Salvation is meant to be imminent, when we think of all the people that Jesus encountered in the Gospels, they were not made to wait. He answered them through healing, compassion and love. Jesus stood beside them in their pain.
People who have been sexually abused by clergy and religious have experienced the opposite of salvation. For them the Church ceases to be a place where salvation is experienced and it becomes, instead, a place of the opposite; of darkness, evil, of what might be called “un-salvation”. Their experience of having been sexually abused by clergy and religious pushes them to the edge of the life of the Church. It often pushes them outside of what should have been for them, the “community of salvation”.
Jesus, in the salvation he brings, wants, to reach those who have been abused and violated with his healing love and tender heart. Jesus recognises that the sexually abused children were robbed of being safe in the community of believers, the community of salvation.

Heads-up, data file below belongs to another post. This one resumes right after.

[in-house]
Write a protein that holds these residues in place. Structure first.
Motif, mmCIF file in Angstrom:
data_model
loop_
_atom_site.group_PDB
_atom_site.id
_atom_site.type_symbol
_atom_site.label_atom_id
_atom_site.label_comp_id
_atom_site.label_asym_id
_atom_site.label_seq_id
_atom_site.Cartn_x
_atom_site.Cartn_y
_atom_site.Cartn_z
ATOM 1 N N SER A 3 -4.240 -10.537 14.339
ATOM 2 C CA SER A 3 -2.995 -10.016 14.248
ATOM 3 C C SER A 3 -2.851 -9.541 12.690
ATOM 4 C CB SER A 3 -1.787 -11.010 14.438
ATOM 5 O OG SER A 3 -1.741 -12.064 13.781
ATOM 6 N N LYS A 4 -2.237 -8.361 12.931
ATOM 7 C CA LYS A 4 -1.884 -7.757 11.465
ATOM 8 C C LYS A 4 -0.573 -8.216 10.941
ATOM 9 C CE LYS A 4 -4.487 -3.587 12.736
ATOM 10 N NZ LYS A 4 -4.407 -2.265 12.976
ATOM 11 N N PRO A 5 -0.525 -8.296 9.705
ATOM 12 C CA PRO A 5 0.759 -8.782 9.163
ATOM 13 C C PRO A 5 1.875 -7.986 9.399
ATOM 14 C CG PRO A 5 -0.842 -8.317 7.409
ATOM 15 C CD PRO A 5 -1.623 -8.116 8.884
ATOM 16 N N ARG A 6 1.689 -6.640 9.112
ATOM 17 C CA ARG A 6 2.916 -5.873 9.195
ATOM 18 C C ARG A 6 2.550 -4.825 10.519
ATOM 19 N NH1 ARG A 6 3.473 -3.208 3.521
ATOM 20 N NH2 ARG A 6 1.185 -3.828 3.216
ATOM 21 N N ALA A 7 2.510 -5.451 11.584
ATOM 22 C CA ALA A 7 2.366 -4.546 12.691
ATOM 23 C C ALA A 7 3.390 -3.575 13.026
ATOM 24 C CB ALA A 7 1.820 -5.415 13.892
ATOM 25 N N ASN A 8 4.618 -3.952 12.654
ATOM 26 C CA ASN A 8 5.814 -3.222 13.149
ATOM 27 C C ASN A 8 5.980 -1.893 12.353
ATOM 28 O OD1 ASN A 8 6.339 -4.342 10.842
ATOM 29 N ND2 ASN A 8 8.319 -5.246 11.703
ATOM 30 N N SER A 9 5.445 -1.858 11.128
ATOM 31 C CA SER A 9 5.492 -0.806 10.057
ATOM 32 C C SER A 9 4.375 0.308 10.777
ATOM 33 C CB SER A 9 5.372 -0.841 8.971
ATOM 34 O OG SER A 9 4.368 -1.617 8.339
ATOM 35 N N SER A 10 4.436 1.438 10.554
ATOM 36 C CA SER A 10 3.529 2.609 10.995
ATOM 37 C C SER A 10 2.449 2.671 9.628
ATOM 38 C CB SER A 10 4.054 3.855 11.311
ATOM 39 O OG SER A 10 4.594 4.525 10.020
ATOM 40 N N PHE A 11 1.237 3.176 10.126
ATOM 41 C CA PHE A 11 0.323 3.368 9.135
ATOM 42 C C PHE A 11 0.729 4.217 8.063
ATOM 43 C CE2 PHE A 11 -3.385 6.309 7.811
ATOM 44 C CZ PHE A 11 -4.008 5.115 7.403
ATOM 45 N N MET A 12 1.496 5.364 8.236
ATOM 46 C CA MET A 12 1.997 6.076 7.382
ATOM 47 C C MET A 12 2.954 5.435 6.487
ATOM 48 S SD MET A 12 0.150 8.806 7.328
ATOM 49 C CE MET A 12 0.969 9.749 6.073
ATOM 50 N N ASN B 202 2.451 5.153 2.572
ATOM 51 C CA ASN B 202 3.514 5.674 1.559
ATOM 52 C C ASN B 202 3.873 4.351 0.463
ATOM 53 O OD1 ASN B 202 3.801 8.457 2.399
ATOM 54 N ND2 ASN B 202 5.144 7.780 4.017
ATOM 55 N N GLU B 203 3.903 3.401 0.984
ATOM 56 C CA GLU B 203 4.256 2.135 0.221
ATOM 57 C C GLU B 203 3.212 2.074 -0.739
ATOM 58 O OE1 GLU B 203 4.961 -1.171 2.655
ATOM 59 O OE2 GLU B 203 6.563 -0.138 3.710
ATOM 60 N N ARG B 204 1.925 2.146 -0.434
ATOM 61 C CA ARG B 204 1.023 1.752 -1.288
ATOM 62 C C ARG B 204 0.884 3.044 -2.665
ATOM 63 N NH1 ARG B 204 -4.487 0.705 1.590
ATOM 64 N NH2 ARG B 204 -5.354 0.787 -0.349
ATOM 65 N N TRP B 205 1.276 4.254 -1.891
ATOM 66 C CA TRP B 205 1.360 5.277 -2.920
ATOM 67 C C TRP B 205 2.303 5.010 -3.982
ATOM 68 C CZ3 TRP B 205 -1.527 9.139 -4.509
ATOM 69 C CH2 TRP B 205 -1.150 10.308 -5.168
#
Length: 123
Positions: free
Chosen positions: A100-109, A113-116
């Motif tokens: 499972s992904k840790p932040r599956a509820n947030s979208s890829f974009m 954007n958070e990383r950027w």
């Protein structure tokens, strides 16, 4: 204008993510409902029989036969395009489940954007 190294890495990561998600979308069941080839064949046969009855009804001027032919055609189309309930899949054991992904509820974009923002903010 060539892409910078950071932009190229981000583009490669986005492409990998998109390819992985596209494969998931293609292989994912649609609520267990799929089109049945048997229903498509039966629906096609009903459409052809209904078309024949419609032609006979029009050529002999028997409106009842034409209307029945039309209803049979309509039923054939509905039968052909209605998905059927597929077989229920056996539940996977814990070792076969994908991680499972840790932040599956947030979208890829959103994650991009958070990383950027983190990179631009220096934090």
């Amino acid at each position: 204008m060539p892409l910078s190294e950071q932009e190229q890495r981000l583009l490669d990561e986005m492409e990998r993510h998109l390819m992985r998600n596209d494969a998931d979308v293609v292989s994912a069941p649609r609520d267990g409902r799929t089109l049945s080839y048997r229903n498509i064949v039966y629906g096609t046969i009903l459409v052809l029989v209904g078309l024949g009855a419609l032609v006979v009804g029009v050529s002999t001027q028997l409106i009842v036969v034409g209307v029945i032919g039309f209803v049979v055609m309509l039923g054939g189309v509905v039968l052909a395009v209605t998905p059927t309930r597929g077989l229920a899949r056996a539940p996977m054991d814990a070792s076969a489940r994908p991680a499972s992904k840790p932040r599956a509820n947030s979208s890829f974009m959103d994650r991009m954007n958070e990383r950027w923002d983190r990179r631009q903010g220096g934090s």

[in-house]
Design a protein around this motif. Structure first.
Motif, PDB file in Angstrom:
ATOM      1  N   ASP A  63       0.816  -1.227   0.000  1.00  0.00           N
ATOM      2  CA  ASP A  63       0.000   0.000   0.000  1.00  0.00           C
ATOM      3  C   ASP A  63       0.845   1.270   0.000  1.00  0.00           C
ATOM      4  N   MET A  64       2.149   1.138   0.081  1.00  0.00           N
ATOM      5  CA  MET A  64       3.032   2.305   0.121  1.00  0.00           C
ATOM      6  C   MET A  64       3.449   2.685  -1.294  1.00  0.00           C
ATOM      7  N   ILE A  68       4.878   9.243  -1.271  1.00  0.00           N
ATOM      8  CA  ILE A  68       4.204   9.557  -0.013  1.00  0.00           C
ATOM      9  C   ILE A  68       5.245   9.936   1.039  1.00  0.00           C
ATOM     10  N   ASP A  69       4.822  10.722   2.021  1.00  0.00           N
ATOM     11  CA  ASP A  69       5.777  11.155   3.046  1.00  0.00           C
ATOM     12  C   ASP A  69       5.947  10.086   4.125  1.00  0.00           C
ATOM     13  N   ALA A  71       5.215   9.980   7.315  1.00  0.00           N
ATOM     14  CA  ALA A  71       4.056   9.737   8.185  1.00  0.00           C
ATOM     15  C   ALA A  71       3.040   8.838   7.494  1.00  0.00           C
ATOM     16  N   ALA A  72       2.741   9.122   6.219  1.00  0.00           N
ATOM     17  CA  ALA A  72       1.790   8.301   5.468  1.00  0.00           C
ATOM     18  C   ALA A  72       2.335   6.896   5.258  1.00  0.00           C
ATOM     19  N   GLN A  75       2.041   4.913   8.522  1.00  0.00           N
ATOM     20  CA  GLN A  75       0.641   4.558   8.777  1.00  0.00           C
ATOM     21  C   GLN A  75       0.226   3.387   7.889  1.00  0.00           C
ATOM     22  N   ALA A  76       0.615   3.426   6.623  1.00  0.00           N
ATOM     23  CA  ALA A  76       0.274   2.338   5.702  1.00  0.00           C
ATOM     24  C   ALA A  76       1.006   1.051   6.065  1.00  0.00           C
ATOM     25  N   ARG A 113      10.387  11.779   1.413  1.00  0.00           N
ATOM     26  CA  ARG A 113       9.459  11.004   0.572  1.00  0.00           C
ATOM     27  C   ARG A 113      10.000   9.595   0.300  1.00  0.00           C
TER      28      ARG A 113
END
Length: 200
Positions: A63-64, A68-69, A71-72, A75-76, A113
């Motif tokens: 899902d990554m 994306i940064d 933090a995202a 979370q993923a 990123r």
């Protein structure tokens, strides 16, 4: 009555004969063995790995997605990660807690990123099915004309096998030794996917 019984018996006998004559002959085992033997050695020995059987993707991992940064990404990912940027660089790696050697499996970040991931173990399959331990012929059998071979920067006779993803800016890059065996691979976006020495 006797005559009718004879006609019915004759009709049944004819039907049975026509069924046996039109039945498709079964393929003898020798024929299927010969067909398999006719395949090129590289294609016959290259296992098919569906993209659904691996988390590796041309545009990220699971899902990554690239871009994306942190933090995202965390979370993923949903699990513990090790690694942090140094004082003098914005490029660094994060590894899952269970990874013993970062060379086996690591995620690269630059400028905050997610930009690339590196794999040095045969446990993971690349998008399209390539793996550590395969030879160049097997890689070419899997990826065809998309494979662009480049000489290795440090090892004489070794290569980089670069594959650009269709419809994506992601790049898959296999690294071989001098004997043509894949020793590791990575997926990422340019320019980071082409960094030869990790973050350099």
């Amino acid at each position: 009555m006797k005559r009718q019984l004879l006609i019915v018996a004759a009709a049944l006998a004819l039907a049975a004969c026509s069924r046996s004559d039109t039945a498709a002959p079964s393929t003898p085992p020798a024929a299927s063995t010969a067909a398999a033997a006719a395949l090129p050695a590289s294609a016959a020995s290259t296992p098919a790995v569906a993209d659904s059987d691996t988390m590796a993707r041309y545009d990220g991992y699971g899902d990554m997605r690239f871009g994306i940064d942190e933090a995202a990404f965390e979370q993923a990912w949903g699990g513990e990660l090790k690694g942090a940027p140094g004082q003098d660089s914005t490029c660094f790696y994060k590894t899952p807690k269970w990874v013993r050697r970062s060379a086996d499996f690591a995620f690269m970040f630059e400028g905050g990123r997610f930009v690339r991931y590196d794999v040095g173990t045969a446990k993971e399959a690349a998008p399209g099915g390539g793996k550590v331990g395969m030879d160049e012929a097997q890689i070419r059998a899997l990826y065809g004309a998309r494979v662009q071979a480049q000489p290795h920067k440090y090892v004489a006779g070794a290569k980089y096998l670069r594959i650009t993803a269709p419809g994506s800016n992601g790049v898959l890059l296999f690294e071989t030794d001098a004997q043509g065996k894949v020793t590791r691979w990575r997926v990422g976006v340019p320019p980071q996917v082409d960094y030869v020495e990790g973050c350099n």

Salvation is fullness of life. For survivors this has to include life also at the heart of the Church. The community of salvation, where they have been hurt but must not be hurt again by clergy and religious who engage in denial, minimisation, institutional amnesia, and total non-acceptance of their part in the history of child sexual abuse by their fellow colleagues.
The Church through its theology must speak of salvation in the light of survivor’s experiences. Central to the theological understanding of salvation is what is called divinization. This means receiving a share in the very life of God, something that Christians are already given in baptism. There is a special poignancy in the suffering of the victims/survivors of child sexual abuse. Jesus the innocent lamb who was abused is tenderly close to these innocent lambs, who suffered sexual abuse at the hands of depraved clergy. Jesus knows and abhors their suffering. They are especially close to Him as he knows their complete innocence, as he himself was innocent.